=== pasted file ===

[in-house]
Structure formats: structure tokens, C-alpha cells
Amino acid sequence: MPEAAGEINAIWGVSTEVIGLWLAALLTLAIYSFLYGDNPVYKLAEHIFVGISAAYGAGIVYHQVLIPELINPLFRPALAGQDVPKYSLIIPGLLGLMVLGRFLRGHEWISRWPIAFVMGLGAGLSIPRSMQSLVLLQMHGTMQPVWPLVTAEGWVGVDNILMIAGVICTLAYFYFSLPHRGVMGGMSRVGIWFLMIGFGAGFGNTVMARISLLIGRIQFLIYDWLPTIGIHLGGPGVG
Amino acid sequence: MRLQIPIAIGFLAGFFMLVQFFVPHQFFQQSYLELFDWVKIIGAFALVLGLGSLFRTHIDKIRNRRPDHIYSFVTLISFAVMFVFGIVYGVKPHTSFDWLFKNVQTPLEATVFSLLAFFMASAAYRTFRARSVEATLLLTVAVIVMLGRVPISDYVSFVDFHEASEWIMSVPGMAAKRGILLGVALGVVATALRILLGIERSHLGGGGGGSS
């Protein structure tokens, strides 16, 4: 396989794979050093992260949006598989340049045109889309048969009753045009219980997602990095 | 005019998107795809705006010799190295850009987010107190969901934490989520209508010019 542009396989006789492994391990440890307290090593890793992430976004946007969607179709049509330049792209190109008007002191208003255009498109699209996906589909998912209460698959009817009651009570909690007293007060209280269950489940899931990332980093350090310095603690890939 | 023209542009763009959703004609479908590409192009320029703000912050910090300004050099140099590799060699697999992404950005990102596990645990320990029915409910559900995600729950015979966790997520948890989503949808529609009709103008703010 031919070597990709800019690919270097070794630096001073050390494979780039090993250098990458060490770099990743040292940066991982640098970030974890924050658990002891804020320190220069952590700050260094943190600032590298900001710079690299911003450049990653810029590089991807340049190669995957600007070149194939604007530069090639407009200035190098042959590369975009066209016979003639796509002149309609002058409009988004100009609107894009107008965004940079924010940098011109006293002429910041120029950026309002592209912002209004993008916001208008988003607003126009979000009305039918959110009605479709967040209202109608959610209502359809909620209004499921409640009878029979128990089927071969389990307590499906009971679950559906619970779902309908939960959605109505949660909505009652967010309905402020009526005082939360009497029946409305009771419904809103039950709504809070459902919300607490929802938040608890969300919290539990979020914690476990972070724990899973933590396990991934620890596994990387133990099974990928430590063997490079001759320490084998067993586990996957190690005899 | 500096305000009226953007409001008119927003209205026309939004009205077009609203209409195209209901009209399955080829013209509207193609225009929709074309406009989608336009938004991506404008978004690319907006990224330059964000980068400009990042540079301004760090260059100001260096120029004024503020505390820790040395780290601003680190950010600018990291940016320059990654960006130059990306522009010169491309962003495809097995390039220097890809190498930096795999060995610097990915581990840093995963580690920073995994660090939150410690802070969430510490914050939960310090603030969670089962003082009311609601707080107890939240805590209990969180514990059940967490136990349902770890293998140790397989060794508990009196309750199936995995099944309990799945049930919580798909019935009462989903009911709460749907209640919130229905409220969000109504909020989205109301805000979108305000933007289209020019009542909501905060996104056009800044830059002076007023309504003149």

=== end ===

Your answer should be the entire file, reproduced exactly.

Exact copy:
[in-house]
Structure formats: structure tokens, C-alpha cells
Amino acid sequence: MPEAAGEINAIWGVSTEVIGLWLAALLTLAIYSFLYGDNPVYKLAEHIFVGISAAYGAGIVYHQVLIPELINPLFRPALAGQDVPKYSLIIPGLLGLMVLGRFLRGHEWISRWPIAFVMGLGAGLSIPRSMQSLVLLQMHGTMQPVWPLVTAEGWVGVDNILMIAGVICTLAYFYFSLPHRGVMGGMSRVGIWFLMIGFGAGFGNTVMARISLLIGRIQFLIYDWLPTIGIHLGGPGVG
Amino acid sequence: MRLQIPIAIGFLAGFFMLVQFFVPHQFFQQSYLELFDWVKIIGAFALVLGLGSLFRTHIDKIRNRRPDHIYSFVTLISFAVMFVFGIVYGVKPHTSFDWLFKNVQTPLEATVFSLLAFFMASAAYRTFRARSVEATLLLTVAVIVMLGRVPISDYVSFVDFHEASEWIMSVPGMAAKRGILLGVALGVVATALRILLGIERSHLGGGGGGSS
């Protein structure tokens, strides 16, 4: 396989794979050093992260949006598989340049045109889309048969009753045009219980997602990095 | 005019998107795809705006010799190295850009987010107190969901934490989520209508010019 542009396989006789492994391990440890307290090593890793992430976004946007969607179709049509330049792209190109008007002191208003255009498109699209996906589909998912209460698959009817009651009570909690007293007060209280269950489940899931990332980093350090310095603690890939 | 023209542009763009959703004609479908590409192009320029703000912050910090300004050099140099590799060699697999992404950005990102596990645990320990029915409910559900995600729950015979966790997520948890989503949808529609009709103008703010 031919070597990709800019690919270097070794630096001073050390494979780039090993250098990458060490770099990743040292940066991982640098970030974890924050658990002891804020320190220069952590700050260094943190600032590298900001710079690299911003450049990653810029590089991807340049190669995957600007070149194939604007530069090639407009200035190098042959590369975009066209016979003639796509002149309609002058409009988004100009609107894009107008965004940079924010940098011109006293002429910041120029950026309002592209912002209004993008916001208008988003607003126009979000009305039918959110009605479709967040209202109608959610209502359809909620209004499921409640009878029979128990089927071969389990307590499906009971679950559906619970779902309908939960959605109505949660909505009652967010309905402020009526005082939360009497029946409305009771419904809103039950709504809070459902919300607490929802938040608890969300919290539990979020914690476990972070724990899973933590396990991934620890596994990387133990099974990928430590063997490079001759320490084998067993586990996957190690005899 | 500096305000009226953007409001008119927003209205026309939004009205077009609203209409195209209901009209399955080829013209509207193609225009929709074309406009989608336009938004991506404008978004690319907006990224330059964000980068400009990042540079301004760090260059100001260096120029004024503020505390820790040395780290601003680190950010600018990291940016320059990654960006130059990306522009010169491309962003495809097995390039220097890809190498930096795999060995610097990915581990840093995963580690920073995994660090939150410690802070969430510490914050939960310090603030969670089962003082009311609601707080107890939240805590209990969180514990059940967490136990349902770890293998140790397989060794508990009196309750199936995995099944309990799945049930919580798909019935009462989903009911709460749907209640919130229905409220969000109504909020989205109301805000979108305000933007289209020019009542909501905060996104056009800044830059002076007023309504003149």